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COLLECTION OF HYMNS,

FOR THE USE OF

CHRISTIAN CONGREGATIONS.

NEW YORK· PUBLISHED BY A. S. BARNES & Co.

111 & 118 WILLIAM ST.,

1873.

HARVARD COLLEGE LIBRARY
FROM THE ESTATE OF
REV. CHARLES HUTCHINS
MAY 24, 1939

Entered according to Act of Congress, in the year 1885,
BY A. S. BARNES & CO.

In the Clerk's Office of the District Court of the United States, for the Southern District of New York.

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P5

1873

INTRODUCTION.

No pains have been spared in collecting materials for this work. The principal collections of Psalms and Hymns that have been published, either in America or Great Britain, have been carefully searched, and the fugitive pieces which have appeared in religious journals, or in selected poetical works of recent authors, have been made to contribute to the store.

A hymn is a lyrical discourse to the feelings. It should either excite or express feeling. The recitation of historical facts, descriptions of scenery, narrations of events, meditations, all may tend to inspire feeling. Hymns are not to be excluded, therefore, because they are deficient in lyrical form, or in feeling, if experience shows that they have power to excite pious emotions. Not many of Newton's hymns can be called poetical; yet there aro few hymns in the English language that are more useful.

We have carefully avoided a narrow adherence to our own personal taste in the selection of hymns. Scarcely any two ministers would agree in the selection of hymns. A collection should be made so large and various that every one may find in it that which he needs. Neither should one complain of the multitude of hymns useless to him. They are not useless to others. A generouslyspread table is not at fault because, in the profusion, each guest can not use every thing. Every one should have all the liberty and the means of following his own taste. Had we made this collection merely for our own use, it would not have numbered more than five hundred hymns.

Many Hymn-books have been so fastidiously made as to exclude many hymns as extravagant that were not half so extravagant as are the Psalms of David, and as is all true and deep feeling which gives itself full expression; but also those retained have been abused by corrections, so called, and tamed down from their noble fervor and careless freedom, into flat and p:ofitless propriety.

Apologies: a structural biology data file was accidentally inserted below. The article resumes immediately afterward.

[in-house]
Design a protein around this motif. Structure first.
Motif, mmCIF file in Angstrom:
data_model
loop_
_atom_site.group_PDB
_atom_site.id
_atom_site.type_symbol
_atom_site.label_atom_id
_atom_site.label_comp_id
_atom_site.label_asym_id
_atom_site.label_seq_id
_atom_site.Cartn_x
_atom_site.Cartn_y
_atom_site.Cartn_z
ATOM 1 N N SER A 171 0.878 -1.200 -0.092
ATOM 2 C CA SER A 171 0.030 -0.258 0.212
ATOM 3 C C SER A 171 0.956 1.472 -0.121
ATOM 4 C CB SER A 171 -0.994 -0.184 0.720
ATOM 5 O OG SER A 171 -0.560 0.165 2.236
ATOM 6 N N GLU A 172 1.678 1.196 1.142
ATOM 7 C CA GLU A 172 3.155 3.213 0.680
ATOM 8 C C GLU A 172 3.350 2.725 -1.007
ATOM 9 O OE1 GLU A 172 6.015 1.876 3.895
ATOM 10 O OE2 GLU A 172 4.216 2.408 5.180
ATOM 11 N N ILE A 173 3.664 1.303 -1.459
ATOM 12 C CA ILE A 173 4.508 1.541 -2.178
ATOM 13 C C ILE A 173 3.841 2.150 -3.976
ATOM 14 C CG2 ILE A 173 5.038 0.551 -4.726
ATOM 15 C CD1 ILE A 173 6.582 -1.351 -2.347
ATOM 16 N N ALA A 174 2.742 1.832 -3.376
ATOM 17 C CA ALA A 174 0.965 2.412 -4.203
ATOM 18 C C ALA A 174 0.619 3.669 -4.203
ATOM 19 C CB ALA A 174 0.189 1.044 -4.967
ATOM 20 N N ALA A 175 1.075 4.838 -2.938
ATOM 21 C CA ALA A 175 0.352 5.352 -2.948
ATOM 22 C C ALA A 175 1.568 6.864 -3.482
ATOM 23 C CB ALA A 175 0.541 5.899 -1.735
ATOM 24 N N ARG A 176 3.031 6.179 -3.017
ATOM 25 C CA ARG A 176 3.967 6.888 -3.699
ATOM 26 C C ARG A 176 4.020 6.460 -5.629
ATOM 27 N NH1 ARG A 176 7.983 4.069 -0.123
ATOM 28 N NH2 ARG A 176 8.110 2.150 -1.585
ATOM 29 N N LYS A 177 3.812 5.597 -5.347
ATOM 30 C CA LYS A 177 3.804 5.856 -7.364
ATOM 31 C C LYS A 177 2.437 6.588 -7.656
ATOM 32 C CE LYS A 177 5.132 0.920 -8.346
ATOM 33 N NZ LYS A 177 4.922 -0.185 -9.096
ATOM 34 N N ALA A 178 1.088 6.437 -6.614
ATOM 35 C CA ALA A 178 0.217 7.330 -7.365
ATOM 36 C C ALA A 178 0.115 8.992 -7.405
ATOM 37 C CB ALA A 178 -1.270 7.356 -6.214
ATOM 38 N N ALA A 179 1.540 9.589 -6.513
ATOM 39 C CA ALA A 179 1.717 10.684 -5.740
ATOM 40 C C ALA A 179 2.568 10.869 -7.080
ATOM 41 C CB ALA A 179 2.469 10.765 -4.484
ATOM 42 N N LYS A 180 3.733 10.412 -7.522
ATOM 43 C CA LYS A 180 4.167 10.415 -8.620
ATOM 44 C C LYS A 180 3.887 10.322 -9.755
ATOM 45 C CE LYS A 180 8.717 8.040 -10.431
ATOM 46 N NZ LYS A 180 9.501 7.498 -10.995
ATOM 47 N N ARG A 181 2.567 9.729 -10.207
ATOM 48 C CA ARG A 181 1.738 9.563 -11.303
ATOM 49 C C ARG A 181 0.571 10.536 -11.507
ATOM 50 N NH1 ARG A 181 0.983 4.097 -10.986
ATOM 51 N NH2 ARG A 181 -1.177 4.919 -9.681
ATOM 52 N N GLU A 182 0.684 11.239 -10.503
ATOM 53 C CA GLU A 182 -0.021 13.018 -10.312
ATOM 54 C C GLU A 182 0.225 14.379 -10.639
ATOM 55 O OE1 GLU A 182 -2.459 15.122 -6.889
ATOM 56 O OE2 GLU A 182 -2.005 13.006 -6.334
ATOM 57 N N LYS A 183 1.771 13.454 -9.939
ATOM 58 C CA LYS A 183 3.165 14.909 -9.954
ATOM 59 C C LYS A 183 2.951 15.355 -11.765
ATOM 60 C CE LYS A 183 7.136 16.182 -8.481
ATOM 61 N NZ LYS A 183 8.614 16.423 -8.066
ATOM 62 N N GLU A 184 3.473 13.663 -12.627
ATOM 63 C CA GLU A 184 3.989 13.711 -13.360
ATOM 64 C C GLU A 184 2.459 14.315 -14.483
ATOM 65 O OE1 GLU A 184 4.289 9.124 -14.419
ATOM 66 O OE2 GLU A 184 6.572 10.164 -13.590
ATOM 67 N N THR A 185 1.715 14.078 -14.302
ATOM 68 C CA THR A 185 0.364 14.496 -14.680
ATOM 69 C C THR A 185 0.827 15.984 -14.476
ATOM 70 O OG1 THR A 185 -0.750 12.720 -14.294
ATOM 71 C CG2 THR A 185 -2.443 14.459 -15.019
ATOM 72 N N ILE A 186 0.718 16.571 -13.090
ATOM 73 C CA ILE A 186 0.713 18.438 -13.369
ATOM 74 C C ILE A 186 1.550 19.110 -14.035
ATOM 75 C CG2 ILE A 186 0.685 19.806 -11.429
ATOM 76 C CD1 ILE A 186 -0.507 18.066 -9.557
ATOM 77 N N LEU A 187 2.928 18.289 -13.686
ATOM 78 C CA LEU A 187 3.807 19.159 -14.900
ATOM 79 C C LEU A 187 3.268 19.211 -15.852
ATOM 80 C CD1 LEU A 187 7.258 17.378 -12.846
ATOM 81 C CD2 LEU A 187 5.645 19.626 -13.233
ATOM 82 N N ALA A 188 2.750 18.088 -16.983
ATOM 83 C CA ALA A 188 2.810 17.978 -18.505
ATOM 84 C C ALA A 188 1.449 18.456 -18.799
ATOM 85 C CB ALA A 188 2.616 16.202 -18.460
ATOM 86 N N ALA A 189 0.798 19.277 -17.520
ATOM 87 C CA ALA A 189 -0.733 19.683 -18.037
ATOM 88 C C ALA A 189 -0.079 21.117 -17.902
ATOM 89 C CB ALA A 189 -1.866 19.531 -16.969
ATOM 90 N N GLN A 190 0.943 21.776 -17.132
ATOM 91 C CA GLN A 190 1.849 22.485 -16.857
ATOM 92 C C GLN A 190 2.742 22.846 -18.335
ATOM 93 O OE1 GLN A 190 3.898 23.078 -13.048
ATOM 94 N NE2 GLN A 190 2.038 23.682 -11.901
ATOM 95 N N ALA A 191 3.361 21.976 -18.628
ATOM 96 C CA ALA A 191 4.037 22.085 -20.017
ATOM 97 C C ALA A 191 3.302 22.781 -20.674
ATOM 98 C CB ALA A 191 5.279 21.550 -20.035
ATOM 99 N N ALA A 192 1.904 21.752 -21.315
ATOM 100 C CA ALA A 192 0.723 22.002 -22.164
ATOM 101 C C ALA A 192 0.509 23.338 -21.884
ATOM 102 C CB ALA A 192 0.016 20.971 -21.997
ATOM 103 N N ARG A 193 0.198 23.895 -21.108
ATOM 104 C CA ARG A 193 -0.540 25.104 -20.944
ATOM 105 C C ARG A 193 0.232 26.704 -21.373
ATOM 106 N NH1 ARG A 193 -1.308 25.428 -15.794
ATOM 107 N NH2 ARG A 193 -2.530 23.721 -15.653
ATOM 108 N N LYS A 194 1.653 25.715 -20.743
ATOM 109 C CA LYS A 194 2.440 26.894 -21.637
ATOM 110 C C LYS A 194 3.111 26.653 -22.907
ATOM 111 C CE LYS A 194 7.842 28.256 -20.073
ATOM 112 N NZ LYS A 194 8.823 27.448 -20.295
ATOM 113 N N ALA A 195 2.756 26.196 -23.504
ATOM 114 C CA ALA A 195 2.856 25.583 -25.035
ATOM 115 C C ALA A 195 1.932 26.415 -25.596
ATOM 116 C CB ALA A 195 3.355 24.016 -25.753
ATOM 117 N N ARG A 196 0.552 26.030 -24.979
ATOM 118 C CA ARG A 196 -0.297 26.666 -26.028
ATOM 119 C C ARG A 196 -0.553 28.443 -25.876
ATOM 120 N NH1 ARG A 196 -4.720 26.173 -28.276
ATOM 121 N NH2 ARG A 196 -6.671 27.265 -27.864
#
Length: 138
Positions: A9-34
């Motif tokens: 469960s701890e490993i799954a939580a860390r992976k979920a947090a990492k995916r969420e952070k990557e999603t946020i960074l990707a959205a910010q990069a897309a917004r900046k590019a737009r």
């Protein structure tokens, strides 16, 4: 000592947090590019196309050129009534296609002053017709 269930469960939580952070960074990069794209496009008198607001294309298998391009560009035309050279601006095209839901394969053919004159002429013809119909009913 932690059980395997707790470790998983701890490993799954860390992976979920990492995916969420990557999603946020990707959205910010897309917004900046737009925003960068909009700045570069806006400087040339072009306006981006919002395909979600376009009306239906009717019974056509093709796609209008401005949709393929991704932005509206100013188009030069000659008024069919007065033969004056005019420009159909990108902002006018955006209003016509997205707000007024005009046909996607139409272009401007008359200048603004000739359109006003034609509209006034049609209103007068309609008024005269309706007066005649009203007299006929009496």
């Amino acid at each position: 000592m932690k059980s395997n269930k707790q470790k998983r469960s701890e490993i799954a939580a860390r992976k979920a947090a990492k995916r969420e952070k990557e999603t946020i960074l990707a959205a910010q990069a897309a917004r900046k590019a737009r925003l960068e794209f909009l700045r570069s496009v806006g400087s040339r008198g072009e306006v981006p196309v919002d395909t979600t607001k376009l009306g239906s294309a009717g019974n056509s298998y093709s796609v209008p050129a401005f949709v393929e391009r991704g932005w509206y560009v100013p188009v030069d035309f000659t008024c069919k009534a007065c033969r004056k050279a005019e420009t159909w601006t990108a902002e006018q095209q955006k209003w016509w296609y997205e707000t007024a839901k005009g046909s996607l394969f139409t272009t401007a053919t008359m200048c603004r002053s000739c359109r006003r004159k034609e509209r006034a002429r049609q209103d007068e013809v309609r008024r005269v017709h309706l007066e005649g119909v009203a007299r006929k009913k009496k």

We have, as far as possible, avoided all changes, except those necessary to restore mutilated hymns to their original state. No language can well replace that which the original inspiration of the author suggested. Watts's hymns and psalms have been carefully compared with the original, and for the most part restored.

Great additions have been made to the hymns which celebrate Christ: to hymns of Christian experience, in its deeper and more tender moods; to hymns suitable for religious awakenings; and there will be found a great number of admirable pieces upon these topics, not combined in any other single collection.

Much attention has been given to the Great Humanities which the Gospel develops, whenever it is faithfully and purely preached. The hymns of Temperance, of Human Rights and Freedom, of Peace, and of Benevolence, will be found both numerous, energetic, and eminently Christian. No pains have been spared to secure a full expression to the whole religious feeling and activity of our times.

We have sought for hymns in the books of every denomination of Christians. There are certain hymns of the sacrifice of Christ, of utter and almost soul-dissolving yearning for the benefit of His mediation, which none could write so well as a devout and truly pious Roman Catholic. Some of the most touching and truly evange!ical hymns in this collection have been gathered from this

source.

It has been a matter of joy to us to learn, during

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